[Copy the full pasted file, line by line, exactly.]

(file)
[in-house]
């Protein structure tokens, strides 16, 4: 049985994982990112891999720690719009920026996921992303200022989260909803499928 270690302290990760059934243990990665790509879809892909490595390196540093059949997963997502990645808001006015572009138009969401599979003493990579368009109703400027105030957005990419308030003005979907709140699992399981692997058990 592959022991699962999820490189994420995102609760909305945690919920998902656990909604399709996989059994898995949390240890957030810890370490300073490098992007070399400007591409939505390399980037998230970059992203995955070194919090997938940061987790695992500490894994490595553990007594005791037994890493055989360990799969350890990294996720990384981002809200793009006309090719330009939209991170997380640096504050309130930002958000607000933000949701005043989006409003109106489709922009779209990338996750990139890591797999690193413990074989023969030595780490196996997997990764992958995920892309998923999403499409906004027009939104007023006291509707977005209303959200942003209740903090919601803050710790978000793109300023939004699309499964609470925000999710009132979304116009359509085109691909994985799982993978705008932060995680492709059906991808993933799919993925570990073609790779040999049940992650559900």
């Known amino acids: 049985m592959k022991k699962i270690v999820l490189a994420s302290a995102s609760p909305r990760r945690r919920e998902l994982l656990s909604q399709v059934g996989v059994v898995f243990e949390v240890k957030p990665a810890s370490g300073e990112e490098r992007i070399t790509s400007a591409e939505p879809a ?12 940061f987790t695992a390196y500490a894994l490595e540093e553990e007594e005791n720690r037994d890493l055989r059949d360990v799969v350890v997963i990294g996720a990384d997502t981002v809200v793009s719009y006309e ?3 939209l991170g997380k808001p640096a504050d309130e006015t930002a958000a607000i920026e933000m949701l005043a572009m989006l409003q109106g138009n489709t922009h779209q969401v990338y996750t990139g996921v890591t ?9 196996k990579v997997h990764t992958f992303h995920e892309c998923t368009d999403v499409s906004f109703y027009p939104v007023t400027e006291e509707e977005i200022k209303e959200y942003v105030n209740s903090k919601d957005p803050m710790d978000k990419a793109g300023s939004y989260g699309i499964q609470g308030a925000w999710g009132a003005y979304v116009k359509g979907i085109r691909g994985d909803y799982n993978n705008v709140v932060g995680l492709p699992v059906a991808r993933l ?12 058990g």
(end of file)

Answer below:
[in-house]
């Protein structure tokens, strides 16, 4: 049985994982990112891999720690719009920026996921992303200022989260909803499928 270690302290990760059934243990990665790509879809892909490595390196540093059949997963997502990645808001006015572009138009969401599979003493990579368009109703400027105030957005990419308030003005979907709140699992399981692997058990 592959022991699962999820490189994420995102609760909305945690919920998902656990909604399709996989059994898995949390240890957030810890370490300073490098992007070399400007591409939505390399980037998230970059992203995955070194919090997938940061987790695992500490894994490595553990007594005791037994890493055989360990799969350890990294996720990384981002809200793009006309090719330009939209991170997380640096504050309130930002958000607000933000949701005043989006409003109106489709922009779209990338996750990139890591797999690193413990074989023969030595780490196996997997990764992958995920892309998923999403499409906004027009939104007023006291509707977005209303959200942003209740903090919601803050710790978000793109300023939004699309499964609470925000999710009132979304116009359509085109691909994985799982993978705008932060995680492709059906991808993933799919993925570990073609790779040999049940992650559900």
């Known amino acids: 049985m592959k022991k699962i270690v999820l490189a994420s302290a995102s609760p909305r990760r945690r919920e998902l994982l656990s909604q399709v059934g996989v059994v898995f243990e949390v240890k957030p990665a810890s370490g300073e990112e490098r992007i070399t790509s400007a591409e939505p879809a ?12 940061f987790t695992a390196y500490a894994l490595e540093e553990e007594e005791n720690r037994d890493l055989r059949d360990v799969v350890v997963i990294g996720a990384d997502t981002v809200v793009s719009y006309e ?3 939209l991170g997380k808001p640096a504050d309130e006015t930002a958000a607000i920026e933000m949701l005043a572009m989006l409003q109106g138009n489709t922009h779209q969401v990338y996750t990139g996921v890591t ?9 196996k990579v997997h990764t992958f992303h995920e892309c998923t368009d999403v499409s906004f109703y027009p939104v007023t400027e006291e509707e977005i200022k209303e959200y942003v105030n209740s903090k919601d957005p803050m710790d978000k990419a793109g300023s939004y989260g699309i499964q609470g308030a925000w999710g009132a003005y979304v116009k359509g979907i085109r691909g994985d909803y799982n993978n705008v709140v932060g995680l492709p699992v059906a991808r993933l ?12 058990g």